This story originally appeared at Do You Remember by Lauren Stewart.
Walt Disney’s daughter Diane loved the book Mary Poppins by P.L. Travers. In the ’40s, Disney promised Diane that he would make it into a movie one day. However, it took much longer than he had anticipated! The film didn’t come out until 1964. So, what was the hold-up?
The author, Travers didn’t really want to sell her screen rights. She feared that Disney would change the story into something it was not. Disney spent two decades trying to charm Travers until she finally agreed to let him make a movie based on her book in 1961!
Learn why Travers finally caved
In the ’60s, her royalties were less and less, so she became more motivated by the money. Disney offered to pay her $100,000 (which would be around $800,000 today) and five percent of the movie’s gross earnings. Travers would also be a consultant on the film to make sure the integrity of the book was still there.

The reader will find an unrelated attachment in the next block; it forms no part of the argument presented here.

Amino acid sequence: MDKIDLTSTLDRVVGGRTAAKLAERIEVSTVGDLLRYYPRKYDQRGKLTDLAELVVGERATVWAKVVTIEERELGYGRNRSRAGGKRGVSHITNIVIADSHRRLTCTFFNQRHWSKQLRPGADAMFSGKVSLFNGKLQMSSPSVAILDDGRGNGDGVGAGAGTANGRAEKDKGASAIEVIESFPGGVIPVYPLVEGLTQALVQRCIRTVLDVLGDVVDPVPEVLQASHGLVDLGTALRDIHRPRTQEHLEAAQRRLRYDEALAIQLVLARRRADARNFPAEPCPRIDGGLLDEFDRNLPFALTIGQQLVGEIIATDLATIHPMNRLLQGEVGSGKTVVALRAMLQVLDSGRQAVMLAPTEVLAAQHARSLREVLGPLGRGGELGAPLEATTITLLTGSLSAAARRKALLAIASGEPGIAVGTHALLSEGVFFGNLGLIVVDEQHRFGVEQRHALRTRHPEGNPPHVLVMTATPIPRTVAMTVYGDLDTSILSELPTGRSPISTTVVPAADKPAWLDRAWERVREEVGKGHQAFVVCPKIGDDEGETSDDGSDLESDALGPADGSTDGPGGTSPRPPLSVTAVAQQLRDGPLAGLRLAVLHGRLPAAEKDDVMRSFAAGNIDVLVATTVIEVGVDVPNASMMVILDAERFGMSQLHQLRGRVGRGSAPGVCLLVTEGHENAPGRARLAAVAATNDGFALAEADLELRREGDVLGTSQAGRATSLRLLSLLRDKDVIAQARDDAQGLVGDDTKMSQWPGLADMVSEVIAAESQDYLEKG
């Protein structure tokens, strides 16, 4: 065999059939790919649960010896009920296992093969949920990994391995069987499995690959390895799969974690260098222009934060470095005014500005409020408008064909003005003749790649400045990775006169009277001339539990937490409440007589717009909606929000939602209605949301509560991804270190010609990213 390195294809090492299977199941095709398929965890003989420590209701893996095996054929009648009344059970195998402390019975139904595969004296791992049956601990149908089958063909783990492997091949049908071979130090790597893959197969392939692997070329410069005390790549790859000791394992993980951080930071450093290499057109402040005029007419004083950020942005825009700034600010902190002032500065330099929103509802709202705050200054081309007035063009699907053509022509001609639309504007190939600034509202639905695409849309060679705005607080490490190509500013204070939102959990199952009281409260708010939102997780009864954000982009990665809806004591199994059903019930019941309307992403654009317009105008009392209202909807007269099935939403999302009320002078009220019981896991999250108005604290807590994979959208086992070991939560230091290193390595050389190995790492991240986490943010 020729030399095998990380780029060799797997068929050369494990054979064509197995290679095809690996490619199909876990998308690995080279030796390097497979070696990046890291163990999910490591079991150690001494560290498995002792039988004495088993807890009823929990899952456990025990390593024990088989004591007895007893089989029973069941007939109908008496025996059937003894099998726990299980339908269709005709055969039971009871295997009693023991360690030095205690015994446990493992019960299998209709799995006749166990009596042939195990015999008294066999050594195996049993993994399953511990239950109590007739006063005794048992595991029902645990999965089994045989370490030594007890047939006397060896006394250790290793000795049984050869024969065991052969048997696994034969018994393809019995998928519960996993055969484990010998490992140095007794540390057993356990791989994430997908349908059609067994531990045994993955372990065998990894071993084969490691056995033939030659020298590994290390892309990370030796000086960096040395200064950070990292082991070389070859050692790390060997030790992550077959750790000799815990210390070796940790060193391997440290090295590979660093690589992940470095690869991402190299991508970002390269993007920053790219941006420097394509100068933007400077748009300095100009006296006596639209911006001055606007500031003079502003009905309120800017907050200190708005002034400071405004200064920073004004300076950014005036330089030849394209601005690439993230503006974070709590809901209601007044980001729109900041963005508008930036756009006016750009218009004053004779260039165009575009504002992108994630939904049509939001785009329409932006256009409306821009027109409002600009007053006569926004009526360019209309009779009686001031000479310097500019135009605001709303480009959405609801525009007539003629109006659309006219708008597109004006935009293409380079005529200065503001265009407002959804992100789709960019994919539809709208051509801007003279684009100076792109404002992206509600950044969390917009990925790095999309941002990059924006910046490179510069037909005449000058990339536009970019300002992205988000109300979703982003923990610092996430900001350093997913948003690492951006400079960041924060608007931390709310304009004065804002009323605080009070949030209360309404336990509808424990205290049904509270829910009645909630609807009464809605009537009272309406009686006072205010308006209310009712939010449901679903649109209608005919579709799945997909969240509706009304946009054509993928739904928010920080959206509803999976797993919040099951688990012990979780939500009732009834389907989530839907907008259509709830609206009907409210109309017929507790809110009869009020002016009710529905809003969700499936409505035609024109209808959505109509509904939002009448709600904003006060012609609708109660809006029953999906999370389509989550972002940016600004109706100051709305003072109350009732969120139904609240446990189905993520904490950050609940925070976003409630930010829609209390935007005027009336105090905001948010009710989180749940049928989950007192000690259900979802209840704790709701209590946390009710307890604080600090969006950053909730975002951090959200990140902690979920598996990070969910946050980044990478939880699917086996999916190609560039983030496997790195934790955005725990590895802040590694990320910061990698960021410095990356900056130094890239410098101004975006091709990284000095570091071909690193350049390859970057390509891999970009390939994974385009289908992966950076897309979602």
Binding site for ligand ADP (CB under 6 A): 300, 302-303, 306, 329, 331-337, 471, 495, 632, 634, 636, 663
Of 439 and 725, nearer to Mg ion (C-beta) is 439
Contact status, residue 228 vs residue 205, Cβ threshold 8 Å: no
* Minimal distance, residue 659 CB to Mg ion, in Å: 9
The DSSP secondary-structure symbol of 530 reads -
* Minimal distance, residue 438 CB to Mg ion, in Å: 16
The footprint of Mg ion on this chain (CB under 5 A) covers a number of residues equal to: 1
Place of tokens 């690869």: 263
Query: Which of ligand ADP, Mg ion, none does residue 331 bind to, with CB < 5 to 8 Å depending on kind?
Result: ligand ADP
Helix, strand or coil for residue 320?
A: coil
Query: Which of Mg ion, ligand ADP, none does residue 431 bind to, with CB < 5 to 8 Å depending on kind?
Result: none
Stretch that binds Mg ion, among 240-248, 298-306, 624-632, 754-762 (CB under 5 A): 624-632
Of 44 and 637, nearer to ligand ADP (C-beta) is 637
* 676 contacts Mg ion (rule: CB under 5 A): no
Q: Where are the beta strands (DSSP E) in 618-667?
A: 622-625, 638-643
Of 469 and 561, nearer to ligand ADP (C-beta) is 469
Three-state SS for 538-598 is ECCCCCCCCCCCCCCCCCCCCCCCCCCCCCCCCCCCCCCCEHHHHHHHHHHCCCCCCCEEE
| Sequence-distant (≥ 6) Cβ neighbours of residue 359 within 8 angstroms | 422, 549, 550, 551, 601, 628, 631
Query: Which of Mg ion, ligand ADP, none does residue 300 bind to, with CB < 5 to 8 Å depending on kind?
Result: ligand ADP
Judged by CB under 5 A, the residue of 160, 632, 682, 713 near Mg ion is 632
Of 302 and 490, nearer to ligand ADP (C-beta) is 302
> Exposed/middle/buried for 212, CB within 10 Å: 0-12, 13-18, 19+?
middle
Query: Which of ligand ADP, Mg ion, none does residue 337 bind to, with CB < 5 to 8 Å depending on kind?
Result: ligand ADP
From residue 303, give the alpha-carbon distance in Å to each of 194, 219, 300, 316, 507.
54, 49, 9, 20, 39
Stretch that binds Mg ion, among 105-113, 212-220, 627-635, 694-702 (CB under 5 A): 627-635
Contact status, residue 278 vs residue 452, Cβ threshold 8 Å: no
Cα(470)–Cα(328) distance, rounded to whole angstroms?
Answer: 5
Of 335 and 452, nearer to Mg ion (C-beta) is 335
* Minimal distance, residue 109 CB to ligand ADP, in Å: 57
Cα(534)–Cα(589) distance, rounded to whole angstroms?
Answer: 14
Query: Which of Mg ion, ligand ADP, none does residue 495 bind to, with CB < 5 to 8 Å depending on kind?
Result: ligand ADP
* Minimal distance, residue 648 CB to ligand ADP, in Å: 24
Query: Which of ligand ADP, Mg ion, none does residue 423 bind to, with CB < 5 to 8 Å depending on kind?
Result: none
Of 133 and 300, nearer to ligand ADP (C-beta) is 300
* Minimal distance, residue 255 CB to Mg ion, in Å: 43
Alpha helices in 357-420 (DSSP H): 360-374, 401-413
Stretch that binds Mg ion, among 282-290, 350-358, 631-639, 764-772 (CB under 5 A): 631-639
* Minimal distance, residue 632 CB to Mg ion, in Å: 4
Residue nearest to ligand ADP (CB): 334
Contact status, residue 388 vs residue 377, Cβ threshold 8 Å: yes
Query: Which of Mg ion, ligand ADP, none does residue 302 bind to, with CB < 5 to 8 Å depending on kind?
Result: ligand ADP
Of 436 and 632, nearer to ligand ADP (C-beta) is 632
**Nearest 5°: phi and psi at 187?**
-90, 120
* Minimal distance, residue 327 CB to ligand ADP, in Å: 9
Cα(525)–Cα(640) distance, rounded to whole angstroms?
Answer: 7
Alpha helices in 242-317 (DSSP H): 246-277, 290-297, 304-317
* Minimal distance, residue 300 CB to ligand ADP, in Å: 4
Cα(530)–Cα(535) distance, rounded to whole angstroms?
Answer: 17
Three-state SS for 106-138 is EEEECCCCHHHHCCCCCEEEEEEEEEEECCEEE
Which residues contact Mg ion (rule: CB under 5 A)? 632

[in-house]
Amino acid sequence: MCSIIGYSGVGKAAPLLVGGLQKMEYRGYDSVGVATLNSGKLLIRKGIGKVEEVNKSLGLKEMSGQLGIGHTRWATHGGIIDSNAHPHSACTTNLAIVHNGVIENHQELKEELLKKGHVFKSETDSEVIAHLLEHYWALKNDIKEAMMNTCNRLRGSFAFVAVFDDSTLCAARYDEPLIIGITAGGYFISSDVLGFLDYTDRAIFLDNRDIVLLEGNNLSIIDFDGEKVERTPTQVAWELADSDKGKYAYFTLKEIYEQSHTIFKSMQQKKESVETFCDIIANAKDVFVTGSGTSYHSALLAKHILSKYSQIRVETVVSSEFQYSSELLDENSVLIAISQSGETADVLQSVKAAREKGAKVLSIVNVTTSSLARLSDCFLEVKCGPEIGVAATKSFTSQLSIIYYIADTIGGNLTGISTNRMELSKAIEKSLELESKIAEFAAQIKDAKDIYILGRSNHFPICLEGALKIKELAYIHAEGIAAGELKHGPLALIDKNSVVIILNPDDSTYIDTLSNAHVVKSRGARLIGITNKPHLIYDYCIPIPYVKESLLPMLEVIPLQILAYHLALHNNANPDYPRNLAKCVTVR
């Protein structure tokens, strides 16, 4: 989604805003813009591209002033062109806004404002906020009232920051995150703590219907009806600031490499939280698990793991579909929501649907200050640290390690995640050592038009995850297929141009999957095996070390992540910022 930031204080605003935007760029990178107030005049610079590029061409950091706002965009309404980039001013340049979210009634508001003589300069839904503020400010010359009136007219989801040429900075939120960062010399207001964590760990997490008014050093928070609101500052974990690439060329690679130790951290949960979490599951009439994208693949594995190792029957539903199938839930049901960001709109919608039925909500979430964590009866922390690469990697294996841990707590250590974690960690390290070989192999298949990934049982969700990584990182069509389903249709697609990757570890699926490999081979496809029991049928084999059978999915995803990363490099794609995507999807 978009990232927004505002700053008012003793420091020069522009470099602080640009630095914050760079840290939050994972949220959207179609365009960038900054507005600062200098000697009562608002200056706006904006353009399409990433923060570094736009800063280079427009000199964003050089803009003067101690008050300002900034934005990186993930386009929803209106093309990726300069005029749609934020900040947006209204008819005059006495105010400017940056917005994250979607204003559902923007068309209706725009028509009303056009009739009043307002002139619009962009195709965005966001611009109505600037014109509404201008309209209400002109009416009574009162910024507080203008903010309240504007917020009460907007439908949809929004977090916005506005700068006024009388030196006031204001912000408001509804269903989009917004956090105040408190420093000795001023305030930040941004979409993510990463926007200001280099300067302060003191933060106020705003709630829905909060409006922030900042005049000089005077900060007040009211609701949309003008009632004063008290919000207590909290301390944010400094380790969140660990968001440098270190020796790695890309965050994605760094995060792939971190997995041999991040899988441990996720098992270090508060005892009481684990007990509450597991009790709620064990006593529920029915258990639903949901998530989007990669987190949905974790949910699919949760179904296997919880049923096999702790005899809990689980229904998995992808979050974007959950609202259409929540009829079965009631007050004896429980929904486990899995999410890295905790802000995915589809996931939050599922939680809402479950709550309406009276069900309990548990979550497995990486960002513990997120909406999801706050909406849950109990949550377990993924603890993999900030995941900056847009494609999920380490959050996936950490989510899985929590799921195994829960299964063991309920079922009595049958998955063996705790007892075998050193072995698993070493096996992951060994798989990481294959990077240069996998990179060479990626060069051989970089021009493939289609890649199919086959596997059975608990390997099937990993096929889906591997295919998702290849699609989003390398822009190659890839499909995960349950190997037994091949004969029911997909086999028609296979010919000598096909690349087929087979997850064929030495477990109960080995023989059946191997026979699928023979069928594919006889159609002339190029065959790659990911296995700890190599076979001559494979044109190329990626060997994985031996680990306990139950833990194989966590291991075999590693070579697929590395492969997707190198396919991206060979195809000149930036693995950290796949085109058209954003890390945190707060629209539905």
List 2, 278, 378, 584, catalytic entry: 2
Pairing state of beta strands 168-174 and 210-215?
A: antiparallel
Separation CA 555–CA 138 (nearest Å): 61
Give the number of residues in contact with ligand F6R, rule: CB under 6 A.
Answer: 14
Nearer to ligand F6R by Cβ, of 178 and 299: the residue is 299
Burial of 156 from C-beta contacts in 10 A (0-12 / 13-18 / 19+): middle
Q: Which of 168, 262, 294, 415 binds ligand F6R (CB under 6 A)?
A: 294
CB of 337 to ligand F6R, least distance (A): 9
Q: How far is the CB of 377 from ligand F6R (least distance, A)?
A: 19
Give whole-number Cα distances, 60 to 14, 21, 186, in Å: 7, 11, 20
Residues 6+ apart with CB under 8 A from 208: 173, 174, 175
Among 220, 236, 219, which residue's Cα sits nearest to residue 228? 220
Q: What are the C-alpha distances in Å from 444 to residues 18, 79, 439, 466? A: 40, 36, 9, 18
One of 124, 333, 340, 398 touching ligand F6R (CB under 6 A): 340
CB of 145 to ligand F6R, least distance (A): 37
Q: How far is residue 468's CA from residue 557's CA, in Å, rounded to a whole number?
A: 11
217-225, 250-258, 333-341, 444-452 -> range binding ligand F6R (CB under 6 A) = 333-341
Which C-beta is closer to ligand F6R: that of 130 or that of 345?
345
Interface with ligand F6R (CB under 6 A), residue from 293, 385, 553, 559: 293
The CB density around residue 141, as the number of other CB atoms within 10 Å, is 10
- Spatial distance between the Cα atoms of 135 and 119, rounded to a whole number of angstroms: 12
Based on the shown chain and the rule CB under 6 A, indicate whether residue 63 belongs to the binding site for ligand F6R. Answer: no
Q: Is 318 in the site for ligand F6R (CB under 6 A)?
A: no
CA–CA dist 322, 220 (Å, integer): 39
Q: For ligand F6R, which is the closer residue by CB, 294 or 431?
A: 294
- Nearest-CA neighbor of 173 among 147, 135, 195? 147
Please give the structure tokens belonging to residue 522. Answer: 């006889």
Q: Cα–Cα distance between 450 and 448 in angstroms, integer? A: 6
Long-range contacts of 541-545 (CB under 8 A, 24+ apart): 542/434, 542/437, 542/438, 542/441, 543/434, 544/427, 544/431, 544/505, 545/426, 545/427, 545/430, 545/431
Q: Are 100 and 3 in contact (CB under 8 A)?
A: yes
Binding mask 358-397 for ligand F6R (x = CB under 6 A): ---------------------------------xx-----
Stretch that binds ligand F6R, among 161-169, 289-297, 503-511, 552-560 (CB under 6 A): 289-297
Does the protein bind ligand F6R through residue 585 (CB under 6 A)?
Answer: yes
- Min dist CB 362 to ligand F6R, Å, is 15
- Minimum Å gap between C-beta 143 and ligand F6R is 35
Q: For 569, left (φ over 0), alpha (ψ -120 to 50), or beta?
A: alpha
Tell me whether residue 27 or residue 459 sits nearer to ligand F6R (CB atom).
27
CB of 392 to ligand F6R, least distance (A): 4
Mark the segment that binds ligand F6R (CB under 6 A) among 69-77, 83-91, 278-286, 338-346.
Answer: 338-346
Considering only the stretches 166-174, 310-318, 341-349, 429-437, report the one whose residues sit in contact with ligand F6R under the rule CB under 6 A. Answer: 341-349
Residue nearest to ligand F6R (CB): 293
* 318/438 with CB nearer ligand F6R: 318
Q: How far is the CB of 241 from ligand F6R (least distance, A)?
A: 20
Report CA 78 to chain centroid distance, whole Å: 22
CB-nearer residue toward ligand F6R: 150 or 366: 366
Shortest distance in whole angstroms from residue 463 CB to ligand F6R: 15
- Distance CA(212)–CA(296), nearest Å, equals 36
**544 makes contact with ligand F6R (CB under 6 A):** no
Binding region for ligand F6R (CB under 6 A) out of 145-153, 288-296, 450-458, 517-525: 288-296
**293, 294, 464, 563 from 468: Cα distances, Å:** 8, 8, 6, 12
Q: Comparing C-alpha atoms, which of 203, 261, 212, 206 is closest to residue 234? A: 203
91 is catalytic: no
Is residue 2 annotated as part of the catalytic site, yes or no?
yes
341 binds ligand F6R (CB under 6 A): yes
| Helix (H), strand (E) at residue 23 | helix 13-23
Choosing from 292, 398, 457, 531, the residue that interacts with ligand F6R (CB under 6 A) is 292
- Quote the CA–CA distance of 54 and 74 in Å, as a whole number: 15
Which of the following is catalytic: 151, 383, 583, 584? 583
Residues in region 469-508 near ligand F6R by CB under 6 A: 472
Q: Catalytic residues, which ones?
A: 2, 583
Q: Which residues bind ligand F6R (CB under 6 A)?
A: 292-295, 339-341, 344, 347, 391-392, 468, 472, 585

She demanded to be called Mrs. Travers and pretty much said no to everything at first. She also demanded that the meetings be recorded. Travers was so dedicated to the book and movie because it was very personal to her.
Travers real name is Helen Lyndon Goff and her father was a banker who died when she was only seven years old. Her great aunt helped her mother raise her.
According to Biography, Travers said, “I thought to myself, ‘Someday, in spite of her, I shall commit the disrespectful vulgarity of putting Aunt Sass in a book. And then it occurred to me that this had already been done, though unconsciously and without intent…I suddenly realized that there is a book through which Aunt Sass, stern and tender, secret and proud, anonymous and loving, stalks with her silent feet. You will find her occasionally in the pages of Mary Poppins.”
Even though Mary Poppins still remains a classic hit, Travers apparently still didn’t like it. She was not given any film editing rights and was furious when she could not change anything. She reportedly didn’t enjoy the animated scenes, Dick Van Dyke, Mary Poppins’ appearance, the songs, the Banks’ home, and the shift in the time period. Yikes!
Travers passed away in 1996, so she did not live to see the film Saving Mr. Banks (based on this story) or the sequel, Mary Poppins Returns. Although, we can probably guess she would not be thrilled with either.